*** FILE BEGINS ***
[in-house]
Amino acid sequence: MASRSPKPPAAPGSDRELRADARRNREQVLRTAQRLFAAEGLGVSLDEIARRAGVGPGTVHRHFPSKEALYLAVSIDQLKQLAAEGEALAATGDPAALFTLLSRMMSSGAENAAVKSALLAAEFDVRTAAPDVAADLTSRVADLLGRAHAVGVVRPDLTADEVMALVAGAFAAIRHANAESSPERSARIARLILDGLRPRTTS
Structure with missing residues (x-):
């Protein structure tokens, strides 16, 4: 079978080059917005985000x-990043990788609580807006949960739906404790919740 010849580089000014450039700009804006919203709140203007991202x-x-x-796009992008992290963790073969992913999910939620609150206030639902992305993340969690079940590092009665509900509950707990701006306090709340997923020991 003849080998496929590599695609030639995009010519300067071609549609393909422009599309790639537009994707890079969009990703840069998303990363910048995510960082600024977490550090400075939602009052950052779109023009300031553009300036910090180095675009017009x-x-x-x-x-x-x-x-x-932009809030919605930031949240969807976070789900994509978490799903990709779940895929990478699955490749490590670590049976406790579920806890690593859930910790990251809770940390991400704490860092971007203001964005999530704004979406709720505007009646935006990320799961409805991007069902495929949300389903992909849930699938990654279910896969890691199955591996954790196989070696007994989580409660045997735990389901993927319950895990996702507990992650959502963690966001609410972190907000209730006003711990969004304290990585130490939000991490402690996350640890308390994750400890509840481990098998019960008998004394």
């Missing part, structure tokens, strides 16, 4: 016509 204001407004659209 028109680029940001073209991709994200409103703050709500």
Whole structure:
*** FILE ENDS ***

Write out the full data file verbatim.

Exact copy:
[in-house]
Amino acid sequence: MASRSPKPPAAPGSDRELRADARRNREQVLRTAQRLFAAEGLGVSLDEIARRAGVGPGTVHRHFPSKEALYLAVSIDQLKQLAAEGEALAATGDPAALFTLLSRMMSSGAENAAVKSALLAAEFDVRTAAPDVAADLTSRVADLLGRAHAVGVVRPDLTADEVMALVAGAFAAIRHANAESSPERSARIARLILDGLRPRTTS
Structure with missing residues (x-):
């Protein structure tokens, strides 16, 4: 079978080059917005985000x-990043990788609580807006949960739906404790919740 010849580089000014450039700009804006919203709140203007991202x-x-x-796009992008992290963790073969992913999910939620609150206030639902992305993340969690079940590092009665509900509950707990701006306090709340997923020991 003849080998496929590599695609030639995009010519300067071609549609393909422009599309790639537009994707890079969009990703840069998303990363910048995510960082600024977490550090400075939602009052950052779109023009300031553009300036910090180095675009017009x-x-x-x-x-x-x-x-x-932009809030919605930031949240969807976070789900994509978490799903990709779940895929990478699955490749490590670590049976406790579920806890690593859930910790990251809770940390991400704490860092971007203001964005999530704004979406709720505007009646935006990320799961409805991007069902495929949300389903992909849930699938990654279910896969890691199955591996954790196989070696007994989580409660045997735990389901993927319950895990996702507990992650959502963690966001609410972190907000209730006003711990969004304290990585130490939000991490402690996350640890308390994750400890509840481990098998019960008998004394």
């Missing part, structure tokens, strides 16, 4: 016509 204001407004659209 028109680029940001073209991709994200409103703050709500």
Whole structure: